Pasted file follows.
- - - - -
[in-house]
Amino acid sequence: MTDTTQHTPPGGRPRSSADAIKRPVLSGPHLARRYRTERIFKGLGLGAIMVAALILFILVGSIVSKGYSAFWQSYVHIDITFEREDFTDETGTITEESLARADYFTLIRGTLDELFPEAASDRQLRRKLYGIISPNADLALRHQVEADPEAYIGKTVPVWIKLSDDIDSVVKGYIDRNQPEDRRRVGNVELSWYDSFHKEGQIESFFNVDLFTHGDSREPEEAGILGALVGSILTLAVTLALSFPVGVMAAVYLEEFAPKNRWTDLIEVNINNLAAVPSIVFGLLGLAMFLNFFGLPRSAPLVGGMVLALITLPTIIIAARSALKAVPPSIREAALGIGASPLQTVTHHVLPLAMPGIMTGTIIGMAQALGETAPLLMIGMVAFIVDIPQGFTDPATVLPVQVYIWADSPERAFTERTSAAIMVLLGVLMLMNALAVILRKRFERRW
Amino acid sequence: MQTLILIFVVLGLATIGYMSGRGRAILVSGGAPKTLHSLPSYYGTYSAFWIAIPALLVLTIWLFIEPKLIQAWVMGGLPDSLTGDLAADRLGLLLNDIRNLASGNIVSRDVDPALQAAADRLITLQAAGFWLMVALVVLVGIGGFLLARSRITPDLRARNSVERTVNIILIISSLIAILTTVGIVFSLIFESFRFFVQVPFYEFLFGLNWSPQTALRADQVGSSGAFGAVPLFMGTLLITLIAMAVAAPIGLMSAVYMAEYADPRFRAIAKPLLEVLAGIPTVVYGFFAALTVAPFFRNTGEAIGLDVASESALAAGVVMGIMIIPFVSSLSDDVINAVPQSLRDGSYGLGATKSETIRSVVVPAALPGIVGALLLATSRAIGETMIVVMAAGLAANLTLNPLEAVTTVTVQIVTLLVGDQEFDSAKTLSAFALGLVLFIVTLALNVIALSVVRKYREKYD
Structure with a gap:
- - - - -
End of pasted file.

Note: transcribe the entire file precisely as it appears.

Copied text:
[in-house]
Amino acid sequence: MTDTTQHTPPGGRPRSSADAIKRPVLSGPHLARRYRTERIFKGLGLGAIMVAALILFILVGSIVSKGYSAFWQSYVHIDITFEREDFTDETGTITEESLARADYFTLIRGTLDELFPEAASDRQLRRKLYGIISPNADLALRHQVEADPEAYIGKTVPVWIKLSDDIDSVVKGYIDRNQPEDRRRVGNVELSWYDSFHKEGQIESFFNVDLFTHGDSREPEEAGILGALVGSILTLAVTLALSFPVGVMAAVYLEEFAPKNRWTDLIEVNINNLAAVPSIVFGLLGLAMFLNFFGLPRSAPLVGGMVLALITLPTIIIAARSALKAVPPSIREAALGIGASPLQTVTHHVLPLAMPGIMTGTIIGMAQALGETAPLLMIGMVAFIVDIPQGFTDPATVLPVQVYIWADSPERAFTERTSAAIMVLLGVLMLMNALAVILRKRFERRW
Amino acid sequence: MQTLILIFVVLGLATIGYMSGRGRAILVSGGAPKTLHSLPSYYGTYSAFWIAIPALLVLTIWLFIEPKLIQAWVMGGLPDSLTGDLAADRLGLLLNDIRNLASGNIVSRDVDPALQAAADRLITLQAAGFWLMVALVVLVGIGGFLLARSRITPDLRARNSVERTVNIILIISSLIAILTTVGIVFSLIFESFRFFVQVPFYEFLFGLNWSPQTALRADQVGSSGAFGAVPLFMGTLLITLIAMAVAAPIGLMSAVYMAEYADPRFRAIAKPLLEVLAGIPTVVYGFFAALTVAPFFRNTGEAIGLDVASESALAAGVVMGIMIIPFVSSLSDDVINAVPQSLRDGSYGLGATKSETIRSVVVPAALPGIVGALLLATSRAIGETMIVVMAAGLAANLTLNPLEAVTTVTVQIVTLLVGDQEFDSAKTLSAFALGLVLFIVTLALNVIALSVVRKYREKYD
Structure with a gap: